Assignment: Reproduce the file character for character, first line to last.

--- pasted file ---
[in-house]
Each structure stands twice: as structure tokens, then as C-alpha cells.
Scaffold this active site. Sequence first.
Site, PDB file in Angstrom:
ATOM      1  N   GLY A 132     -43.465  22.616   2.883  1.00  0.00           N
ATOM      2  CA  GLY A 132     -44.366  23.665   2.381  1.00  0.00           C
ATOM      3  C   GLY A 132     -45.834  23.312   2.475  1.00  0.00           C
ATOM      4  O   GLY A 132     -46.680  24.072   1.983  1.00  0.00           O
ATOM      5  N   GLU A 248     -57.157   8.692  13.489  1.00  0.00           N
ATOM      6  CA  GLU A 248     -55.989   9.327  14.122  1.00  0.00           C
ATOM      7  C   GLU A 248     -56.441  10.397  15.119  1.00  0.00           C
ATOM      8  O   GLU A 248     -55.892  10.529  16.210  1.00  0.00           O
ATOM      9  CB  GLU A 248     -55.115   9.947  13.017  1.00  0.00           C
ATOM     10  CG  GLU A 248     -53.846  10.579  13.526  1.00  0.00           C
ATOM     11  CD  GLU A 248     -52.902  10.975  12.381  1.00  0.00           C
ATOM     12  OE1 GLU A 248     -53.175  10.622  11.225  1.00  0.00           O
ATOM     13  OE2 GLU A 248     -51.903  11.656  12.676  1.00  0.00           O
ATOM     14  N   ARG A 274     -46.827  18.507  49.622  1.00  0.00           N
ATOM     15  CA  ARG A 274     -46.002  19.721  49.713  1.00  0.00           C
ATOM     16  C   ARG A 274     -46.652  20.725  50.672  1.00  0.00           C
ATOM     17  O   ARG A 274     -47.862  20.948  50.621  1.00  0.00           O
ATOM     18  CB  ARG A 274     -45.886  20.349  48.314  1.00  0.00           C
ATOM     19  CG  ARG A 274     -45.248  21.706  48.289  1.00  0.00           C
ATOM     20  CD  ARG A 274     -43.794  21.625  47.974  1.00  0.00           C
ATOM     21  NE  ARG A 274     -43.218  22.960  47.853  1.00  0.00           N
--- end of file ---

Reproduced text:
[in-house]
Each structure stands twice: as structure tokens, then as C-alpha cells.
Scaffold this active site. Sequence first.
Site, PDB file in Angstrom:
ATOM      1  N   GLY A 132     -43.465  22.616   2.883  1.00  0.00           N
ATOM      2  CA  GLY A 132     -44.366  23.665   2.381  1.00  0.00           C
ATOM      3  C   GLY A 132     -45.834  23.312   2.475  1.00  0.00           C
ATOM      4  O   GLY A 132     -46.680  24.072   1.983  1.00  0.00           O
ATOM      5  N   GLU A 248     -57.157   8.692  13.489  1.00  0.00           N
ATOM      6  CA  GLU A 248     -55.989   9.327  14.122  1.00  0.00           C
ATOM      7  C   GLU A 248     -56.441  10.397  15.119  1.00  0.00           C
ATOM      8  O   GLU A 248     -55.892  10.529  16.210  1.00  0.00           O
ATOM      9  CB  GLU A 248     -55.115   9.947  13.017  1.00  0.00           C
ATOM     10  CG  GLU A 248     -53.846  10.579  13.526  1.00  0.00           C
ATOM     11  CD  GLU A 248     -52.902  10.975  12.381  1.00  0.00           C
ATOM     12  OE1 GLU A 248     -53.175  10.622  11.225  1.00  0.00           O
ATOM     13  OE2 GLU A 248     -51.903  11.656  12.676  1.00  0.00           O
ATOM     14  N   ARG A 274     -46.827  18.507  49.622  1.00  0.00           N
ATOM     15  CA  ARG A 274     -46.002  19.721  49.713  1.00  0.00           C
ATOM     16  C   ARG A 274     -46.652  20.725  50.672  1.00  0.00           C
ATOM     17  O   ARG A 274     -47.862  20.948  50.621  1.00  0.00           O
ATOM     18  CB  ARG A 274     -45.886  20.349  48.314  1.00  0.00           C
ATOM     19  CG  ARG A 274     -45.248  21.706  48.289  1.00  0.00           C
ATOM     20  CD  ARG A 274     -43.794  21.625  47.974  1.00  0.00           C
ATOM     21  NE  ARG A 274     -43.218  22.960  47.853  1.00  0.00           N